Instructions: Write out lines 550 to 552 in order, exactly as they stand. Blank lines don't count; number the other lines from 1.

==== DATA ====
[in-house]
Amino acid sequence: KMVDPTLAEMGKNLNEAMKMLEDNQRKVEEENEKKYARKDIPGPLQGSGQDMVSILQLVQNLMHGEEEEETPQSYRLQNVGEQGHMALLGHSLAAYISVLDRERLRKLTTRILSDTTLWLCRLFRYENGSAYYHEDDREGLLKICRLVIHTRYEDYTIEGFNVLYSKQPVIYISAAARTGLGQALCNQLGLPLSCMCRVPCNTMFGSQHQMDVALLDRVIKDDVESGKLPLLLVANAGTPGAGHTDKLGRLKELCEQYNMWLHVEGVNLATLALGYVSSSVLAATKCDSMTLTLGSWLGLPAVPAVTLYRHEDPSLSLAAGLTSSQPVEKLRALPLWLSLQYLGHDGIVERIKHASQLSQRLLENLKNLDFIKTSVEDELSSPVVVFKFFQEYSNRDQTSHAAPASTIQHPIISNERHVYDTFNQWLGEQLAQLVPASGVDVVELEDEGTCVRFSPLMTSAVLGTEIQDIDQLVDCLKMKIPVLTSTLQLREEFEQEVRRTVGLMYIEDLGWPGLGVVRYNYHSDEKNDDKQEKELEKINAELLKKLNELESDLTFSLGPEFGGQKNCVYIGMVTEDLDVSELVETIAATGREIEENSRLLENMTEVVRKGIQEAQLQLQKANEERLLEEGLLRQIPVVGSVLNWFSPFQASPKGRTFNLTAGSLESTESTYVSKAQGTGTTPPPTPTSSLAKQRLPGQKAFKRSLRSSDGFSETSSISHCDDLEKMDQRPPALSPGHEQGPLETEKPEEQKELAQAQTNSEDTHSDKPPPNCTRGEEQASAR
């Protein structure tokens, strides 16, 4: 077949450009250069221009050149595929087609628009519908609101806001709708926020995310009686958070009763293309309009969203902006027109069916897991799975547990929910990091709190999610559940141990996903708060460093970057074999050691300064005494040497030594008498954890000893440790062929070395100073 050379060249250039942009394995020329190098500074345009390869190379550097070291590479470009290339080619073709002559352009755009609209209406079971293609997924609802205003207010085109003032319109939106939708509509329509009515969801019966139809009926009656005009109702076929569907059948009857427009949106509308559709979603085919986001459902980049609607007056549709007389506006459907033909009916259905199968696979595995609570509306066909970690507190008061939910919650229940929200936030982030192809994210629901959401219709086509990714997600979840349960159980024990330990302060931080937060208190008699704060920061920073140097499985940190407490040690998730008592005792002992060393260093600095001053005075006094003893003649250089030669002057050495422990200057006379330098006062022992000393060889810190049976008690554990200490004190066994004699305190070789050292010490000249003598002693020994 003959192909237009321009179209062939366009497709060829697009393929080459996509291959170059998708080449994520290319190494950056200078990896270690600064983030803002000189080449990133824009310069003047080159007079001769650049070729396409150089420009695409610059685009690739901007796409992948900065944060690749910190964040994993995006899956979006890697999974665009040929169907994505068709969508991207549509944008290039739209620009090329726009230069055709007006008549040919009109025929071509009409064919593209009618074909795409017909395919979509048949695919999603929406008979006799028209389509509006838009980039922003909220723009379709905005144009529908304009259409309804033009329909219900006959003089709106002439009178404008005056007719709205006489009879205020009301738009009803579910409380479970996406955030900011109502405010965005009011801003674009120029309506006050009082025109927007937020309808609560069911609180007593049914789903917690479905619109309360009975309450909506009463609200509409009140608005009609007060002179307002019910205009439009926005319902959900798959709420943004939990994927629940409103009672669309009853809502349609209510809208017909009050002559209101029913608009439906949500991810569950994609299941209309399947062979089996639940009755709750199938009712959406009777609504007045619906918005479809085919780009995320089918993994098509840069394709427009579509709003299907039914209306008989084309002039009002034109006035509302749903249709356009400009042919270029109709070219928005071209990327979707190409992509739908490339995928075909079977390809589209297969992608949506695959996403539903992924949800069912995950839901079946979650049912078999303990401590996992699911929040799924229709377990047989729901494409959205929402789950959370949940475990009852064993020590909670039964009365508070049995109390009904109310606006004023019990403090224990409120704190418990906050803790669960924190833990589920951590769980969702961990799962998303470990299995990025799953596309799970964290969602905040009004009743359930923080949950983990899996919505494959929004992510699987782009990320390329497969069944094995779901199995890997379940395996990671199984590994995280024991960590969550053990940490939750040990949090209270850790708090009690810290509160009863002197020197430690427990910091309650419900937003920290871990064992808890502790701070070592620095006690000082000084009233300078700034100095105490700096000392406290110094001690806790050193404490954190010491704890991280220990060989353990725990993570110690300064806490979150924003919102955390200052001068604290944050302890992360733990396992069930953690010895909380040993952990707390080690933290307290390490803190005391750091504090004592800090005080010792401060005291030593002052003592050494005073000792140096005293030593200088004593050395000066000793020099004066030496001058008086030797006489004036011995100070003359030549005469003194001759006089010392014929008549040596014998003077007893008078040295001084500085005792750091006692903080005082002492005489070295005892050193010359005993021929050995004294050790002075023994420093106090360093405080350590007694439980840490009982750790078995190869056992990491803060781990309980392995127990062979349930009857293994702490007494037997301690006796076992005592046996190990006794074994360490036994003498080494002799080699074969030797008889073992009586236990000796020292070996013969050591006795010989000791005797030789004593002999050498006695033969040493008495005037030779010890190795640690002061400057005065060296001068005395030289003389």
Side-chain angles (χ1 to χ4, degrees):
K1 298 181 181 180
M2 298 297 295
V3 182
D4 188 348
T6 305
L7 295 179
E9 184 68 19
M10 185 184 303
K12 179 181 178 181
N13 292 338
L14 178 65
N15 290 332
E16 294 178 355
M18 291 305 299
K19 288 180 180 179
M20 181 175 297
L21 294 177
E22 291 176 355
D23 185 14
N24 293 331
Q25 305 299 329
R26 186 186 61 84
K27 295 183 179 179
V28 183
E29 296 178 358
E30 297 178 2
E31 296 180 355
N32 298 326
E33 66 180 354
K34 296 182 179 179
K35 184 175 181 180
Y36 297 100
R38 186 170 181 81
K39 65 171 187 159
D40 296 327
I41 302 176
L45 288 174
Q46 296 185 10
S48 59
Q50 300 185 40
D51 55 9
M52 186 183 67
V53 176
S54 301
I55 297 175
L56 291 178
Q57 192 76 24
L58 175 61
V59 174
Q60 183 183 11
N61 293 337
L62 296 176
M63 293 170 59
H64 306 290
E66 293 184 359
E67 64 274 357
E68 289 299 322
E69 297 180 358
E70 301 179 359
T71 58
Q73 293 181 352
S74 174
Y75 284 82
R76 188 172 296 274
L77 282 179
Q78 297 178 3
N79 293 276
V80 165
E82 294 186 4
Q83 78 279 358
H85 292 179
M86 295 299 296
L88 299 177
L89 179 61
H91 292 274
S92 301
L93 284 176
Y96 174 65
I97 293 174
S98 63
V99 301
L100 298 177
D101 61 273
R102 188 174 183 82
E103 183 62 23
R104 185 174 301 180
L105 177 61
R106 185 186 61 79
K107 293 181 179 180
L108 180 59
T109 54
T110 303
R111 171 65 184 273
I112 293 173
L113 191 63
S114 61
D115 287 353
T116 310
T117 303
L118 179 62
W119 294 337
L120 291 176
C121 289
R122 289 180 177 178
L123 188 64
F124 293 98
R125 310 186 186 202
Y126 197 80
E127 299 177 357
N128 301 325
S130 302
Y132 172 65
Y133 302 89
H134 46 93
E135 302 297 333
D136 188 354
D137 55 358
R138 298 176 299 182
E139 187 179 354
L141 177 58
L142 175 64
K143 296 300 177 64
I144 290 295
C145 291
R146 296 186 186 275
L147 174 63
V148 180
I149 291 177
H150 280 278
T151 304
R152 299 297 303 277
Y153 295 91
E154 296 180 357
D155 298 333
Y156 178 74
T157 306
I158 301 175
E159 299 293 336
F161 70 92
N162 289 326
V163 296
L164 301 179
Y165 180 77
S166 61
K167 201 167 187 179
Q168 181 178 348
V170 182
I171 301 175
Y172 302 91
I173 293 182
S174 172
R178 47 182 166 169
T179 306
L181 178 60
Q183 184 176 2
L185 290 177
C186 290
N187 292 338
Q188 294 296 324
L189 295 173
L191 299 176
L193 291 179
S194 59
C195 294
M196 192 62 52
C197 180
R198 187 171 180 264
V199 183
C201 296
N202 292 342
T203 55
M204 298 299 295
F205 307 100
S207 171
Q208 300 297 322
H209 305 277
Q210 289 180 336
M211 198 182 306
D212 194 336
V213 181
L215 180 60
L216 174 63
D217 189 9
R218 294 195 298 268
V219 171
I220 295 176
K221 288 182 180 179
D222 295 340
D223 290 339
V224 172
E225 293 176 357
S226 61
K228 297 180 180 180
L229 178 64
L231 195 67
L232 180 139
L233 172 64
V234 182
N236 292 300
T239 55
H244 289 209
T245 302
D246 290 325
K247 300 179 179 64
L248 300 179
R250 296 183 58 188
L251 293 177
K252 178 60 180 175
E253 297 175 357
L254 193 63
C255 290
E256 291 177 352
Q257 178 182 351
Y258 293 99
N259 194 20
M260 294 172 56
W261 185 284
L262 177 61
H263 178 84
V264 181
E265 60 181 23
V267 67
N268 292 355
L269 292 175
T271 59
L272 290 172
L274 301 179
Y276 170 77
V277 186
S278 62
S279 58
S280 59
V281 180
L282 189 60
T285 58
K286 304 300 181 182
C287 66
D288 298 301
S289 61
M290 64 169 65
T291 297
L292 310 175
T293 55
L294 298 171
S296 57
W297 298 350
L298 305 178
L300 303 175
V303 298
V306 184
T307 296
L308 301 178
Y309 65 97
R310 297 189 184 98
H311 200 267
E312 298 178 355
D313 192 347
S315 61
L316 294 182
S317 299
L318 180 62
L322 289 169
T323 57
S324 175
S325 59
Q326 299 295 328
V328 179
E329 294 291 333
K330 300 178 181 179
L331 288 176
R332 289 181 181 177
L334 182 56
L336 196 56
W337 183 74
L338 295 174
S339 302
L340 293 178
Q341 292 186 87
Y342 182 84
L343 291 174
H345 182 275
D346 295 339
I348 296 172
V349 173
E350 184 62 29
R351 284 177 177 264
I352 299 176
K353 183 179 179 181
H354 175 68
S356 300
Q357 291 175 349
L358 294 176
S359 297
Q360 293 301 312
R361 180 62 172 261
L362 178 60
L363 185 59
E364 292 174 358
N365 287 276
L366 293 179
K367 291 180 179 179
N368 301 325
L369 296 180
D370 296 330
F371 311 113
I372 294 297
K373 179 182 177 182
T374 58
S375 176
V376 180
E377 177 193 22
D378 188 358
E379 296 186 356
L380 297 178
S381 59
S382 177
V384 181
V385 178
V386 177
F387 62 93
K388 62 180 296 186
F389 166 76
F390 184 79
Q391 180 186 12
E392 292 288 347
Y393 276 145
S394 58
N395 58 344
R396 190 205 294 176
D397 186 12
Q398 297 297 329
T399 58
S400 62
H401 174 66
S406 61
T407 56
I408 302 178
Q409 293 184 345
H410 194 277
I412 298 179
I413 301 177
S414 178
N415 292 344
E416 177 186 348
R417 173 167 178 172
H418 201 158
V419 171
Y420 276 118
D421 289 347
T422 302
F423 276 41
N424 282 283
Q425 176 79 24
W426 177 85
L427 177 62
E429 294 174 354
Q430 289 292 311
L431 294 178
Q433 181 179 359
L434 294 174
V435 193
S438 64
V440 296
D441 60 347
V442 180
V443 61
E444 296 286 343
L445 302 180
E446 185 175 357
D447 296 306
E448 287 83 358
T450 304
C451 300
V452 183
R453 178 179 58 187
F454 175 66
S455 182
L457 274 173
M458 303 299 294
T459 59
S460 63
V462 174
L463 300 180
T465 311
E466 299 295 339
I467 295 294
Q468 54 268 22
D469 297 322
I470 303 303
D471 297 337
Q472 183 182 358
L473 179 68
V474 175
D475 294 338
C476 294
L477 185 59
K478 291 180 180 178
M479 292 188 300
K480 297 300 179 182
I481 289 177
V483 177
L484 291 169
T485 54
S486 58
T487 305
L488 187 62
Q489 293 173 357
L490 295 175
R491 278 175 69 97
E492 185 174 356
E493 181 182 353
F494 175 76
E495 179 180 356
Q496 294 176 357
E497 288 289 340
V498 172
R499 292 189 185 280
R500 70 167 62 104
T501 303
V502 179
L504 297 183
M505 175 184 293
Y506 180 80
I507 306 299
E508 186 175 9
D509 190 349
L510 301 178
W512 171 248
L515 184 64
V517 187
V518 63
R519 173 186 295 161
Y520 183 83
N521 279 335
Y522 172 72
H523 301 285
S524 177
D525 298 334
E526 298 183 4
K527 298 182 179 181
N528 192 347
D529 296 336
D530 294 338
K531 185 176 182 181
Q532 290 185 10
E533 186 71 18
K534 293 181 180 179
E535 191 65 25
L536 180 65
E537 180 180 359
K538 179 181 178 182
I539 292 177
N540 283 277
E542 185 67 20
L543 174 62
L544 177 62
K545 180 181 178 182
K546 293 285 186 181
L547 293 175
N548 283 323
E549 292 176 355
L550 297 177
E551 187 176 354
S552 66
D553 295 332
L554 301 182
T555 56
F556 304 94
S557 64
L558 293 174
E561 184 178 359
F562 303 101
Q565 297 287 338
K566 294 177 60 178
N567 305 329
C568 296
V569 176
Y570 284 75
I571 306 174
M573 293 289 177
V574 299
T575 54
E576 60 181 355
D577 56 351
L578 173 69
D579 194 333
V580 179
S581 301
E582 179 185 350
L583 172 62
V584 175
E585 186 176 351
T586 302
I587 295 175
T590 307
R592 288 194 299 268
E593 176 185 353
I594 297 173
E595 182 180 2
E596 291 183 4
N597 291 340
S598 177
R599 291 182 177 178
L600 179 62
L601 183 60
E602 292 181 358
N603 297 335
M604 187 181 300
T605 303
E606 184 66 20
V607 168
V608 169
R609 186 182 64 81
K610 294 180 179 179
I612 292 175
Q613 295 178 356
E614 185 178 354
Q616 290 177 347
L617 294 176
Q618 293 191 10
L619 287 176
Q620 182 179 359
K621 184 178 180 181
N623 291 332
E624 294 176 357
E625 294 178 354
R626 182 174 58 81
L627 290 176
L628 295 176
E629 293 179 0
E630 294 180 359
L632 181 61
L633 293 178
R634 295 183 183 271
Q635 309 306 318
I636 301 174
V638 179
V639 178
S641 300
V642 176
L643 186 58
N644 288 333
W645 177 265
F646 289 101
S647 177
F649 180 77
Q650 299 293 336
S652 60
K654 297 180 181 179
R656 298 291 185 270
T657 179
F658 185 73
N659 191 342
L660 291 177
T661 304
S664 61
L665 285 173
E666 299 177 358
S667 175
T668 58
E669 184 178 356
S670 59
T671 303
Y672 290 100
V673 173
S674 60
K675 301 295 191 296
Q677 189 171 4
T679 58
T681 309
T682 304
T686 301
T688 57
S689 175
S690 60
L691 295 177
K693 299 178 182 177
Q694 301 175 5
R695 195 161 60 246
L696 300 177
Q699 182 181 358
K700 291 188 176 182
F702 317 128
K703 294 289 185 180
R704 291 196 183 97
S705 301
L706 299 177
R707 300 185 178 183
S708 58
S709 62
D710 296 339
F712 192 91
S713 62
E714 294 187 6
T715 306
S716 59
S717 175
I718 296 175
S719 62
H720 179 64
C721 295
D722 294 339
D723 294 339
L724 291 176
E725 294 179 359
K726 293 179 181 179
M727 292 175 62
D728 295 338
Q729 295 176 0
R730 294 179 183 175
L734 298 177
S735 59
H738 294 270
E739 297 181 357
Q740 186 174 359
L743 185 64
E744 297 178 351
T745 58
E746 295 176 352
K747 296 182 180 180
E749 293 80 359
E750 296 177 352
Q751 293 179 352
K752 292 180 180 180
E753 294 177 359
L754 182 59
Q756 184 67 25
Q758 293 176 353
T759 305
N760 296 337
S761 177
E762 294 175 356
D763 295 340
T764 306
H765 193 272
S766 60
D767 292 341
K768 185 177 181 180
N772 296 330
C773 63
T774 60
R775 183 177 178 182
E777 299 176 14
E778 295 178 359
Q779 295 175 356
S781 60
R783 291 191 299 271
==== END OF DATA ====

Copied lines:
F649 180 77
Q650 299 293 336
S652 60